Monday, February 2, 2015

Giving the People What They Want

Like it says at the top of your screen, this blog is about being a new dad and a newish husband and I like to keep my focus confined to this subject matter.

It’s a cardinal rule of blogging (and in lots of other places too) that one should find a niche, dig in and own it.

I’m trying to do just that.

Mine is a narrow little corner of the virtual sandbox but, it's comfortable. My neighbors consist mostly of mommy bloggers, of which there are probably 10 million and daddy bloggers of which there are about 500.
While there may indeed not be a place for "fantasy in football" there
undoubtedly is no place for football on this blog. 

So, there aren’t many of us dads doing this. To be frank, most of the guys tend to lose focus and wind up writing about sports.

There have been a few occasions in which my interest in sports has crept into this space. But the reception from you all was akin to crickets chirping at a funeral telling.

The one time I branched out just a tincy-wincey little bit and wrote about fantasy football, this blog got about one-tenth of the regular unique visitors I usually get. (FYI we average about 250 regular visitors now.)

So, I heard you loud and clear: no sports. (For that matter, no movie or TV reviews and definitely no politics or religion.)

That’s why you won’t see any posts here about deflated footballs, crotch-grabbing running backs or the many ways the Toronto Maple Leafs are taking years off my life.

For what it’s worth, the blog posts that have received the most unique visitors typically involve me getting in trouble, such as saying the f-word in front of the boy or getting kicked in the crotch by the boy, or otherwise enduring some sort of indignity, pain or embarrassment, preferably at the hands of the boy.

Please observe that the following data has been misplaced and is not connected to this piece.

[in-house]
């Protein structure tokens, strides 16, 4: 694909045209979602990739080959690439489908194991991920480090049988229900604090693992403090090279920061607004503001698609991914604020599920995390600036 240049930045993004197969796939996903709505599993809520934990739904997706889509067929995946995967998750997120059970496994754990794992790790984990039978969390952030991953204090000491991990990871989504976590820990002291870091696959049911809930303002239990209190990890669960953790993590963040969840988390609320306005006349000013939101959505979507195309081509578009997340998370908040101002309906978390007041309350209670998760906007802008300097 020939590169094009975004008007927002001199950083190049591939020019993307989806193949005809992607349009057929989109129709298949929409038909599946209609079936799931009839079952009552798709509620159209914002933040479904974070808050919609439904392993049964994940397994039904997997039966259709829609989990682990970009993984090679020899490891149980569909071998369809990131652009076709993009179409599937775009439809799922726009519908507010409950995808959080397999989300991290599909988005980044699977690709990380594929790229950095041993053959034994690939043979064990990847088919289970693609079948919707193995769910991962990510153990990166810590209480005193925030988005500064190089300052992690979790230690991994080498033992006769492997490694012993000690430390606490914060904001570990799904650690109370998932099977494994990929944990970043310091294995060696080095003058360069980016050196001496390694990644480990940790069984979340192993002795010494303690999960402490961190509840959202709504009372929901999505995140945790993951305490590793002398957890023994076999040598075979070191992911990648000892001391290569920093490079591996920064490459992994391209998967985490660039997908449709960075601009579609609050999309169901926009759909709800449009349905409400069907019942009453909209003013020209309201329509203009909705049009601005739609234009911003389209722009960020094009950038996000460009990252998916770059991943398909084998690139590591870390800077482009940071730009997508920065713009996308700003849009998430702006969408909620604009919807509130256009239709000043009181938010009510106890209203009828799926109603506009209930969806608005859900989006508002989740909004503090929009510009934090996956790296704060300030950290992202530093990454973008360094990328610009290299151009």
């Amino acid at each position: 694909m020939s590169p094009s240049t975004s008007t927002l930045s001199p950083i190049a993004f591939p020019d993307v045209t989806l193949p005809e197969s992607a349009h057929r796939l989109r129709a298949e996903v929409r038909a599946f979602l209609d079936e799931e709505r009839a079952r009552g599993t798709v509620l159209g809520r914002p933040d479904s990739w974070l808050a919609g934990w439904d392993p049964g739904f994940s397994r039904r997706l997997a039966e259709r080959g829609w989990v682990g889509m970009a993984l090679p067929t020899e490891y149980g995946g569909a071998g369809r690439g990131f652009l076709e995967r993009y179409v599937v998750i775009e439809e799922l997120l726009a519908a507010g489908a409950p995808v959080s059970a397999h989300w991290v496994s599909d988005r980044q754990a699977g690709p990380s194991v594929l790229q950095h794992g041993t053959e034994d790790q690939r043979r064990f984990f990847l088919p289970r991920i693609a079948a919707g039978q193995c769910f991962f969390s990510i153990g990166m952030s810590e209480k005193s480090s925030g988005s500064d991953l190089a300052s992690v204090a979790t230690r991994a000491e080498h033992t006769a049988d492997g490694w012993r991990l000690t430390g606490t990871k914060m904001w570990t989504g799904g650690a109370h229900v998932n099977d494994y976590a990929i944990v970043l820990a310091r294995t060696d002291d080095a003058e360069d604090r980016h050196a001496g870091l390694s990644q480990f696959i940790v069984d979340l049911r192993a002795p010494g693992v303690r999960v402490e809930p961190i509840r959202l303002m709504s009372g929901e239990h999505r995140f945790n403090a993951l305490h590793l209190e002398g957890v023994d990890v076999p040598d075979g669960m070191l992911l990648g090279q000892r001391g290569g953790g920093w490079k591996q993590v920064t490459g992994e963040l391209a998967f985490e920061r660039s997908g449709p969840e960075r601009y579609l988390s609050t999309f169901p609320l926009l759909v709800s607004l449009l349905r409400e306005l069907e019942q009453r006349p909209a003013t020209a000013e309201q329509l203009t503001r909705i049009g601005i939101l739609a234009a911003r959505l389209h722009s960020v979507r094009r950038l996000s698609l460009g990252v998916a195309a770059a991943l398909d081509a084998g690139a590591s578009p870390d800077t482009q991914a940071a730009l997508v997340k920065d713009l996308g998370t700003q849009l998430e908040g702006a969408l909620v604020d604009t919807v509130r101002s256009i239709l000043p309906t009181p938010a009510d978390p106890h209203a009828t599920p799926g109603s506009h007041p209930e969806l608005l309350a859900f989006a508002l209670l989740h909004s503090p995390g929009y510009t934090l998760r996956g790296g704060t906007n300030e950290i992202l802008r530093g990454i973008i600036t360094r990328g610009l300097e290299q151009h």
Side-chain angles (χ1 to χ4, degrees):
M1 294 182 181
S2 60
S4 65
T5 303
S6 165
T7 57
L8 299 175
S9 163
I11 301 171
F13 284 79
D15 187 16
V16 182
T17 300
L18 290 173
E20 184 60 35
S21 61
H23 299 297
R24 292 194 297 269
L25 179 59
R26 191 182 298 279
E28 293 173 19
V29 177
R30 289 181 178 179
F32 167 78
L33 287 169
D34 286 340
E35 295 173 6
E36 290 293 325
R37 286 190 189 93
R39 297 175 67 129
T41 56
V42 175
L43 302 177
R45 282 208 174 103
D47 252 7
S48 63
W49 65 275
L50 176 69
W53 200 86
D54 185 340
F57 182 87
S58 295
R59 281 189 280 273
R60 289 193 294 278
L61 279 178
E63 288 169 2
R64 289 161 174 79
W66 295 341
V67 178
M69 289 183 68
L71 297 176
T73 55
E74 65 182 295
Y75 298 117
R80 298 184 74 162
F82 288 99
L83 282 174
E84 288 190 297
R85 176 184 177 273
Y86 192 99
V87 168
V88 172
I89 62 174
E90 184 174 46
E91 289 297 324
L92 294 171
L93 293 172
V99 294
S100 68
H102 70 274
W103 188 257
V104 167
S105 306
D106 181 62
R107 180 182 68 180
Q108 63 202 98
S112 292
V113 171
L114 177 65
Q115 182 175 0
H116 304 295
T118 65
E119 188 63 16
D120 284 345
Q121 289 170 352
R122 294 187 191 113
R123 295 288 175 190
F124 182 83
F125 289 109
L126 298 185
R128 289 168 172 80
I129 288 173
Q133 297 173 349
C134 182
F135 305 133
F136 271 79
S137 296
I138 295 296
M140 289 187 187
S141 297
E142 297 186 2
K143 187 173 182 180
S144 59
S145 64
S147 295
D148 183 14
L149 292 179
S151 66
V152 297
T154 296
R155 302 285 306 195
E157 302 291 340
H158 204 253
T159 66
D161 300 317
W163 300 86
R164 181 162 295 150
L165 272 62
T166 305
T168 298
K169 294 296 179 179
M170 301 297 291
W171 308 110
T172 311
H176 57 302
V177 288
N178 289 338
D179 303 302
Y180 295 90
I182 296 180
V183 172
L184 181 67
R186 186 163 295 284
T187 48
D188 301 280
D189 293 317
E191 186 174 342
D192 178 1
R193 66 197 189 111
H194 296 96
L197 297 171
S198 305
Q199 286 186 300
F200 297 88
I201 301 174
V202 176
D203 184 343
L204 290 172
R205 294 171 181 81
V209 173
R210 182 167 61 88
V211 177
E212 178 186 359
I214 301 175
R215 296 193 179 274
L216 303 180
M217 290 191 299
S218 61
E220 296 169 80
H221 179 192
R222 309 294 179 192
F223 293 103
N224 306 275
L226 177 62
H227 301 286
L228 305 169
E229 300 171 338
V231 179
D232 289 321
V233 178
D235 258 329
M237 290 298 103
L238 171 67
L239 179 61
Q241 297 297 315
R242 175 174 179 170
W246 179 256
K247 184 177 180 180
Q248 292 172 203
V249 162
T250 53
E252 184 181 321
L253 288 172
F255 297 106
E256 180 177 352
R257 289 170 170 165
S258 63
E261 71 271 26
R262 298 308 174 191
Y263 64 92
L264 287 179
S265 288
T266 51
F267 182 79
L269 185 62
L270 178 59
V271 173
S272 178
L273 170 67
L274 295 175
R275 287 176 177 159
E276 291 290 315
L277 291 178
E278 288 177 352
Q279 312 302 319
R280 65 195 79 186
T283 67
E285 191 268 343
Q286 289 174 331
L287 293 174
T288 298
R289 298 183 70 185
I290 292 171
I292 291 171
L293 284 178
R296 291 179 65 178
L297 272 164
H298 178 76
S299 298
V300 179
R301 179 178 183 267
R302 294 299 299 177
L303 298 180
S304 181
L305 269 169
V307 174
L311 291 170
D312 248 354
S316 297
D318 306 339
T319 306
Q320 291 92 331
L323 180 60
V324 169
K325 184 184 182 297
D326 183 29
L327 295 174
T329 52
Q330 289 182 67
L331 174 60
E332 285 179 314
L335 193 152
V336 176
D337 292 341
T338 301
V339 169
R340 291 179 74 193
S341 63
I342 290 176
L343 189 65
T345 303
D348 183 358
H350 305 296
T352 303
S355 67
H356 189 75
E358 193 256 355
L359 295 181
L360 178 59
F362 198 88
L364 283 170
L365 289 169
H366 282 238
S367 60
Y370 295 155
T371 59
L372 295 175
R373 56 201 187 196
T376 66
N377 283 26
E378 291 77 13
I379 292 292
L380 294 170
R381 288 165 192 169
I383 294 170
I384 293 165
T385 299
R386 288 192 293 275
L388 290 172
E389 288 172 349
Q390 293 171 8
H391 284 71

A few days ago I was sitting in front of my keyboard, ready to write a blog on the Super Bowl when it occurred to me that, no one, and I mean no one, cares about that.

Then I thought, “Why not write about how much you hate the blockbuster movie ‘Frozen’?”

Why not tell the people that, from a critical perspective, this story is a complete heap of dog poop and, from a Tipper Gore over-reactive-parent-perspective, it sends about 1,000 terrible messages to kids?

Why not write those things? The better question is: “why write those things when you’ve got a new story about your son kicking you in the groin — again?”

This one happened a couple days ago when I was picking the boy up from day care. His spirits were high — in part because I’d just informed him that, after about a week of not eating Hy-Vee Chinese food, we were on our way to do just that.

If I use this picture again, I think I have to pay Matt Groening
$10,000 cash. 
After putting on his boots, which I would later discover have steel toes, we bundled up and headed out to the car. As I carried him, he chattered away, pleasantly pleased with his lot in life.

He waved his arms and dangled his feet. As we got to the car I opened the door, adjusted his seat and, as I lowered him through the door, he lowered the boom.

His leg swung back, then swung forward.

I’m not sure how, but I managed to drop him in his seat before I dropped to a knee in the snow.

In that weird, out-of-body moment that accompanies all instances of sudden, acute pain, I immediately wondered how bad this looked to any of the cars passing by.

“Mommy, why is that man kneeling and crying at the side of the road?”

A combination of pride and not wanting to have pants soaked with the snow, forced me to move faster than I might otherwise have.

I made my way around the trunk toward the driver’s door, supporting myself by leaning on the car as I did. 

I probably looked intoxicated as I shuffled toward the driver’s seat and can say the only good things to come out of this were that just a couple cars drove by me and we got Chinese food.

And for his part, the boy smiled throughout. Hopefully you did too. 

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